[a. ] In the manuscript: “. . . government based on the principle of sovereignty of the people.”
[b. ] What to do to combine the spirit of equality and the spirit of liberty and make liberty reign amid a leveled society.
This part is the most important for me./
The hydra of anarchy is the sacramental phrase of all the enemies of liberty. The cowardly, the corrupt, the servile try to outdo each other in repeating it. The weak and the honest say it also.
It is a monster that I must look in the face. For it is after all the great enemy of my ideas. What I want to bring along and to convince are honest souls. Well! The latter, at the point we have reached, are not afraid of despotism. They tremble before the hydra of anarchy. The fact is that there exists today a singular phenomenon for which we must account.
[To the side: It is honest men led by rogues who have always enslaved the world.
They do not see that in this way they are preparing habits, ideas, laws for all types of despotism, that of all or of one man. These men who today ask of power only to save them from anarchy resemble those drowning men who cling to a dead body and drag it away with them. By violent and reactionary laws, by the violation of existing laws, by the absence of laws, they destroy the ideas of the just and the unjust, of the permissible and the forbidden, of the legal and the illegal, and they thus open the door to all anarchical tyrannies. They are the pioneers of anarchy.]
Liberty and power gradually become weaker and each one in its own way. They are two exhausted and stiff old men who struggle with each other without either one winning, because their weaknesses, not their strengths, are equal; and grappling with each other, they roll together in the same dust.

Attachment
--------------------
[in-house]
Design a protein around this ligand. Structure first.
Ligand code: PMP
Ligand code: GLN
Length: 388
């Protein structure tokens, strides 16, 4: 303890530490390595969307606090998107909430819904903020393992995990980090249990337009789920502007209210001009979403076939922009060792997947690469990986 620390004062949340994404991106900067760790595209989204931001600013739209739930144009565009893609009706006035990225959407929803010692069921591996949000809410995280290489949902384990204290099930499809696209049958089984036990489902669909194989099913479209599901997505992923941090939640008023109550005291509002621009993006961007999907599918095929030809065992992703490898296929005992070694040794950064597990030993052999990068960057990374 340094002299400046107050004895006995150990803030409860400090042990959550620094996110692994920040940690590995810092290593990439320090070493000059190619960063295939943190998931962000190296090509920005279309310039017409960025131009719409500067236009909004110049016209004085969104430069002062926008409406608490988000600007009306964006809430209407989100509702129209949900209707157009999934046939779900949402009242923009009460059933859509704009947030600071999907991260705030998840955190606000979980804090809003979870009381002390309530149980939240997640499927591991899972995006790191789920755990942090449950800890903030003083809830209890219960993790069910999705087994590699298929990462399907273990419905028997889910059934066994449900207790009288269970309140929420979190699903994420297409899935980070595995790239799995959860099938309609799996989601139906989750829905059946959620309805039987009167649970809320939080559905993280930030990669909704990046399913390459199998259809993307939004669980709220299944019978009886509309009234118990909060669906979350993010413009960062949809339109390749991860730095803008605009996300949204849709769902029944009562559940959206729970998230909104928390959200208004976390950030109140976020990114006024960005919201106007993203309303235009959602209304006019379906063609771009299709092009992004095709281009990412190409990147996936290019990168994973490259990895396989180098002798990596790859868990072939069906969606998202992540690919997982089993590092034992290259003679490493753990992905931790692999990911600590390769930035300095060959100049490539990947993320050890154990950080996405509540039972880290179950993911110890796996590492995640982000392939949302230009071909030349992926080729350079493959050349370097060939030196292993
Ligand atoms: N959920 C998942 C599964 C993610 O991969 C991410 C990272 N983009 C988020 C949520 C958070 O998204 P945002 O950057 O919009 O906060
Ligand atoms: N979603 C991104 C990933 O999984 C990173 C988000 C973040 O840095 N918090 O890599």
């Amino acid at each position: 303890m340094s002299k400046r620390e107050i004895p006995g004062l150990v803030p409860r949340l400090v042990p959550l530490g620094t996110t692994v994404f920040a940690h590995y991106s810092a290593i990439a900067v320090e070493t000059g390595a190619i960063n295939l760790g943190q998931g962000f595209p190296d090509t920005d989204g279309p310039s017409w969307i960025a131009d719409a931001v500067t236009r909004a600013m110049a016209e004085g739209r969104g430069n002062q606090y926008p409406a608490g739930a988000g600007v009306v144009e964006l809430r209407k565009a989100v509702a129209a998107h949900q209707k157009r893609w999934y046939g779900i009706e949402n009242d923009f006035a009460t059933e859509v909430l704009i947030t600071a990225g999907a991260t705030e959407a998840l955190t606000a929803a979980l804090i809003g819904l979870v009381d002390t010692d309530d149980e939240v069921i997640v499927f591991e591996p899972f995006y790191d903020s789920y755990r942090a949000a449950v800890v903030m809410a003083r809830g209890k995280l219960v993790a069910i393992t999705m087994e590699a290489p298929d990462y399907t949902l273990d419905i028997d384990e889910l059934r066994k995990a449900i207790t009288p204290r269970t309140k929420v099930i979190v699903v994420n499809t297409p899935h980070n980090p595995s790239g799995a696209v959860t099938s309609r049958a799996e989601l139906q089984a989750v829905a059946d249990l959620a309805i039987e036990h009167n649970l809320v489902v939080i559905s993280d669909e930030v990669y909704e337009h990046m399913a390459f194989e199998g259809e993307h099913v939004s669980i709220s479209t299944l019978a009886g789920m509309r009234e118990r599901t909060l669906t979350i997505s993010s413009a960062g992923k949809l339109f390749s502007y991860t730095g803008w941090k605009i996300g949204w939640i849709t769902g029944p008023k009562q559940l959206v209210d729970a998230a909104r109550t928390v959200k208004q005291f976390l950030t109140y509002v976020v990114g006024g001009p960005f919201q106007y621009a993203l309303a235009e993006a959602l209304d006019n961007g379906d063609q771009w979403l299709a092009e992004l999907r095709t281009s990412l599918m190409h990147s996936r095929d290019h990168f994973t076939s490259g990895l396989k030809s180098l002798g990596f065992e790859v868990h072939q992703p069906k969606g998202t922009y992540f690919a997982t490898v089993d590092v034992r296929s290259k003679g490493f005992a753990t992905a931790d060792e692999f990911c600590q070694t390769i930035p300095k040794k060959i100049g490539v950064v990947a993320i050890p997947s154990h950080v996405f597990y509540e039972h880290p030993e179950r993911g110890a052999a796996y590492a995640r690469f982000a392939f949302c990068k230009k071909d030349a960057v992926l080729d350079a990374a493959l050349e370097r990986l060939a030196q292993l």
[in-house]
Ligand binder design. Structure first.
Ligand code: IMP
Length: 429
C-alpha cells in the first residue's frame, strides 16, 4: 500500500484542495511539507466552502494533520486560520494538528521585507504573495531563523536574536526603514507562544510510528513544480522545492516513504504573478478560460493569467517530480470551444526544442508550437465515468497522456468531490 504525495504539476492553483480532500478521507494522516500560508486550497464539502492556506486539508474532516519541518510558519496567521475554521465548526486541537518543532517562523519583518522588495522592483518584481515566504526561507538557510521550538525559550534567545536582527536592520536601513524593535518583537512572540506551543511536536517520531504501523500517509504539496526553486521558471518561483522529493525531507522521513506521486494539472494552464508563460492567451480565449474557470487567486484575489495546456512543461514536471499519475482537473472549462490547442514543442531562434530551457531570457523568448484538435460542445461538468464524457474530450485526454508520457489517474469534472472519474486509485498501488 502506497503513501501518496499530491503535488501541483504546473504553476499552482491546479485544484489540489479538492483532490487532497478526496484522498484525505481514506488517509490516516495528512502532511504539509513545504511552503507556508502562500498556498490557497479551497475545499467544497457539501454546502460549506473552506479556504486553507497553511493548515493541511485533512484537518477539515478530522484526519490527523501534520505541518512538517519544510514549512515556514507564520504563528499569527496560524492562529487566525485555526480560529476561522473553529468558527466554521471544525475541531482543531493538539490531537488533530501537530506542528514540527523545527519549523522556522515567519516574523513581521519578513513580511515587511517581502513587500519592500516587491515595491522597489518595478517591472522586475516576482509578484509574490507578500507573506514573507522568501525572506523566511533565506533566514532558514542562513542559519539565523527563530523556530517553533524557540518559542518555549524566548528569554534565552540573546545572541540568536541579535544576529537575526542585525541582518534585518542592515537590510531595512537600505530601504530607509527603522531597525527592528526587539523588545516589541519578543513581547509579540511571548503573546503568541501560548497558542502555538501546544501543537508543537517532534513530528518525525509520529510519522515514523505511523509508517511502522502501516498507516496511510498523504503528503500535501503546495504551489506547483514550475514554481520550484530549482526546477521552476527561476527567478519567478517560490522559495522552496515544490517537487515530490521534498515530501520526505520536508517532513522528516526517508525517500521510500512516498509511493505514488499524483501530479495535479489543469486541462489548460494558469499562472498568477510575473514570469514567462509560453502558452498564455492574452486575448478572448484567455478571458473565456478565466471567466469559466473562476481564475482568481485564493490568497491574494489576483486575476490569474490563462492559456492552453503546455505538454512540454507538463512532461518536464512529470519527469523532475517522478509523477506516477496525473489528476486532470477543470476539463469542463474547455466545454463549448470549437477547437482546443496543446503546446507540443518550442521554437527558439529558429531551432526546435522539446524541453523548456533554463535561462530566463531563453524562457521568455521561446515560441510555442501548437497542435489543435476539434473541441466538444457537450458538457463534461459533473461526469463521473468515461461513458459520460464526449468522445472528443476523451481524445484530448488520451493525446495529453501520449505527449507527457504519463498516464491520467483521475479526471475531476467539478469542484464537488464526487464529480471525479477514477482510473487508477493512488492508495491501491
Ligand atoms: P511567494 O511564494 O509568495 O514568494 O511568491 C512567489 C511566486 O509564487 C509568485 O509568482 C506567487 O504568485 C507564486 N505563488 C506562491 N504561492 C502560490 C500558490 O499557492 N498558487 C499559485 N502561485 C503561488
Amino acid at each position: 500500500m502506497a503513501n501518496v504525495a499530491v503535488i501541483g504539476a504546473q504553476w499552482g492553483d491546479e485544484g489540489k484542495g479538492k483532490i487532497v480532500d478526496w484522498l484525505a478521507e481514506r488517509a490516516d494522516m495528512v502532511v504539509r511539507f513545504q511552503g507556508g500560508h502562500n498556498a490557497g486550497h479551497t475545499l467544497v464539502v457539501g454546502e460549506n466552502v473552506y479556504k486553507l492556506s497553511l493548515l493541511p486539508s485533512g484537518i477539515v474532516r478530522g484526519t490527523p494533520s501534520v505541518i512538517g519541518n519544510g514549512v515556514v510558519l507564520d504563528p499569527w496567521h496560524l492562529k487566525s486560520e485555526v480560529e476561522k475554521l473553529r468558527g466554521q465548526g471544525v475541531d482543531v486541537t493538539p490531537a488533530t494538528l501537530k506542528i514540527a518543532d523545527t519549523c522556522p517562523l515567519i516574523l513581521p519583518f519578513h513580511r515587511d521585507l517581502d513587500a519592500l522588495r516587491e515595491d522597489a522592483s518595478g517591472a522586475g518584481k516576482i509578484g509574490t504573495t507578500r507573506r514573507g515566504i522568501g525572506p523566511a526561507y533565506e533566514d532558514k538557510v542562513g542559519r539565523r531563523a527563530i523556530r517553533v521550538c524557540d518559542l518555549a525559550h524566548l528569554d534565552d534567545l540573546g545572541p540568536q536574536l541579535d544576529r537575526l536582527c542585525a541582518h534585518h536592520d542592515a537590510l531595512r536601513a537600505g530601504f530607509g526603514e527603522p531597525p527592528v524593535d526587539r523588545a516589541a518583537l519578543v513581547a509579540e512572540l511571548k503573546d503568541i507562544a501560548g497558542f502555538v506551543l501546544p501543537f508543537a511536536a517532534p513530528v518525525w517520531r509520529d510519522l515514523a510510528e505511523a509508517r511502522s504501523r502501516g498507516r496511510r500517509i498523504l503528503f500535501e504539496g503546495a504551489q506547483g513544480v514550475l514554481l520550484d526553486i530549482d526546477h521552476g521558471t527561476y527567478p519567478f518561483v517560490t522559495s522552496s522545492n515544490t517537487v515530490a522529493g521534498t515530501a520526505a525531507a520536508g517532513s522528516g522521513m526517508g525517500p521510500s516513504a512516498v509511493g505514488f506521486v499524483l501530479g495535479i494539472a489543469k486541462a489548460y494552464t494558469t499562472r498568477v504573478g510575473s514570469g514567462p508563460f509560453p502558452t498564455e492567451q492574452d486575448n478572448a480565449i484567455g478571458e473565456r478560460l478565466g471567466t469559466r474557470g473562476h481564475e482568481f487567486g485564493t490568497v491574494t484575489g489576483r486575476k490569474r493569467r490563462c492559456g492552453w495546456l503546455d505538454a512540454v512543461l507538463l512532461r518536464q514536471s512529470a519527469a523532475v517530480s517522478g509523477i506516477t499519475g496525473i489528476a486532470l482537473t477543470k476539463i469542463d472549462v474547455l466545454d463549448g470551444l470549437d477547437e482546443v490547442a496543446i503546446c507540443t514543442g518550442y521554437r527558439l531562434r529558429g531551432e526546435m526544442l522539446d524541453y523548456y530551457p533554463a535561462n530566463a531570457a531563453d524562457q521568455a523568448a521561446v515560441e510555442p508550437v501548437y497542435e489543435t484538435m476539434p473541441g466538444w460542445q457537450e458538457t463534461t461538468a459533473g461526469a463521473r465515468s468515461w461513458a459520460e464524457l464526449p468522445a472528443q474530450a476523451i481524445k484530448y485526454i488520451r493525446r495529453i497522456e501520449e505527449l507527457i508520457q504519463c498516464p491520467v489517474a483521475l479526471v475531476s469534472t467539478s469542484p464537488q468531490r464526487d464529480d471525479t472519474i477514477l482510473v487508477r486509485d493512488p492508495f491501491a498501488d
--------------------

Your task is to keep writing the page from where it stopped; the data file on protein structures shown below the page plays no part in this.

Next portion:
Thus, those who say that liberty is weak are right. Those who maintain that power is weak are also right. What to conclude from that? Fix all the force of my mind on that.
[To the side: I believe, moreover, that the same symptoms presented themselves before the temporary or definitive enslavement of all peoples.]
To show that arbitrary and anti-liberal measures will not save us from the hydra of anarchy and to demonstrate that legal and liberal measures will not lead there, that is what we must above all work hard to do.
What modern nation (three illegible words) despotism, and how to break despotism without anarchy. Despotism is party to anarchy.
[To the side] What to think of the future of an unfortunate country in which there is an honest and pure man who says that he is not concerned about its posterity, but about himself; who says that country in the general sense is a word, that he very much wants the country to be and to remain free, provided that his fortune and his life remain sure, but that rather than putting these things in dogma [danger (ed.)], tyranny seems better to him; who says that he prefers a permanent, meddlesome, civilizing despotism to a temporary anarchy? And what to hope for his century when the other honest and pure men who surround the former approve his language? This is [illegible word] the sad spectacle that I had today, 7 February 1837 (YTC, CVd, pp. 16-18).
[c. ] “As for me, I consider this taste for natural independence as the most precious present that equality has given to men” (YTC, CVk, 2, pp. 45-46).